One thing I have been struck by lately is how words represent abstractions of a concept or meaning. We use them as short cuts for communication. They remind us of other conversations where the words took shape. What’s most interesting though is that no word has an absolute meaning, but only what we have learned by our experience with it.
Moreover, certain phrases come to have meaning that transcends each of the individual words. If you come to have experience with these words, they are a verbal shortcut to an entire concept. If you have never heard of the groupings they can be almost entirely incomprehensible.
For example, I was reading some reviews of a philosophy book that my friend read, and the review, while using all words that meant something individually, created a cacophony when strung together. Those who had learned those verbal shortcuts probably all nodded their head or spouted off some other gibberish in disagreement.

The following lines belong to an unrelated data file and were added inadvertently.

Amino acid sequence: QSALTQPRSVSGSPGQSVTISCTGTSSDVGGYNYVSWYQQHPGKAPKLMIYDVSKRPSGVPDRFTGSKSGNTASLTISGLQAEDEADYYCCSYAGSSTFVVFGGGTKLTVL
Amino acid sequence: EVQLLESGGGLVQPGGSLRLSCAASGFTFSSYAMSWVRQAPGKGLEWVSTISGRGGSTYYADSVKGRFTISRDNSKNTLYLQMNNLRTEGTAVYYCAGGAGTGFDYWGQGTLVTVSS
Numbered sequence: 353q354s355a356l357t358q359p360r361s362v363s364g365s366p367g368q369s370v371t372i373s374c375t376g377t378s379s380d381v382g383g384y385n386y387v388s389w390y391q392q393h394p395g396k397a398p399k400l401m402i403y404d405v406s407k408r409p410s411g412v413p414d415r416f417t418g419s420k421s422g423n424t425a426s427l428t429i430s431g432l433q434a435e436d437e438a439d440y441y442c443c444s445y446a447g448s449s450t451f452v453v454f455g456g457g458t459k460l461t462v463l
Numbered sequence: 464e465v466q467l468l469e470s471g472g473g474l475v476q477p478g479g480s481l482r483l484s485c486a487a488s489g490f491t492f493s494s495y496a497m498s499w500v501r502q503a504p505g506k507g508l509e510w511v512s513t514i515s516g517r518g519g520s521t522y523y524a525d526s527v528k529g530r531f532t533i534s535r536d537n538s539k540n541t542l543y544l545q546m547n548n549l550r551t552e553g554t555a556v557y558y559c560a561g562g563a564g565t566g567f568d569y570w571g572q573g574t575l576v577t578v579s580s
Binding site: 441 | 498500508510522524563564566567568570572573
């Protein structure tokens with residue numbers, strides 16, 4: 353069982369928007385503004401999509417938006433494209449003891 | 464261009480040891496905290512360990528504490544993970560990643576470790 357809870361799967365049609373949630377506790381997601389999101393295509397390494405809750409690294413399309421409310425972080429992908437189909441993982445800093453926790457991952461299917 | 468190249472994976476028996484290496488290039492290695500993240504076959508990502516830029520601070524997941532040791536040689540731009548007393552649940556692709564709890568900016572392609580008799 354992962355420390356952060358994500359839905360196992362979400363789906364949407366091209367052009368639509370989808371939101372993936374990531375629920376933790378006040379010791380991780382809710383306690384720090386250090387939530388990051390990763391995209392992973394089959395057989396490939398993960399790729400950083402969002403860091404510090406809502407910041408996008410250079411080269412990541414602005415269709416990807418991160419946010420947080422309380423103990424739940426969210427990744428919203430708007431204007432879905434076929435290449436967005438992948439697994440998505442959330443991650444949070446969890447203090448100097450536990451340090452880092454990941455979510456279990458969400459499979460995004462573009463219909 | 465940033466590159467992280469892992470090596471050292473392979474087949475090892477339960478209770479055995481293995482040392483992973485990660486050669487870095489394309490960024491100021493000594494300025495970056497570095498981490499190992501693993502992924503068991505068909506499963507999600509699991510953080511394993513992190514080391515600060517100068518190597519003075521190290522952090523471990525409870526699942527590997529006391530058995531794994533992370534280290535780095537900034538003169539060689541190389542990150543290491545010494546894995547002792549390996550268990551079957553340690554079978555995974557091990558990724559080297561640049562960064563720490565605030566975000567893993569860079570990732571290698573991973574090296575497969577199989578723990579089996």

Each of us has our own set of words and associated meanings. We’ve all experienced conflicts that come from people having different sensitivities to particular words, or someone wanting something to be worded in a very specific way for them to agree with it. Everything we say is merely an approximation or an attempt to share meaning with those around us, and yet it is imperfect.
We can all improve our communication with others by listening for the intent rather than the literal definition of the words (this requires an understanding of the person and restraint to not go too far) and we can be more careful about the words we use to communicate our message so that they are received by the recipient in a way that fits better with their understanding rather than demanding they use our words.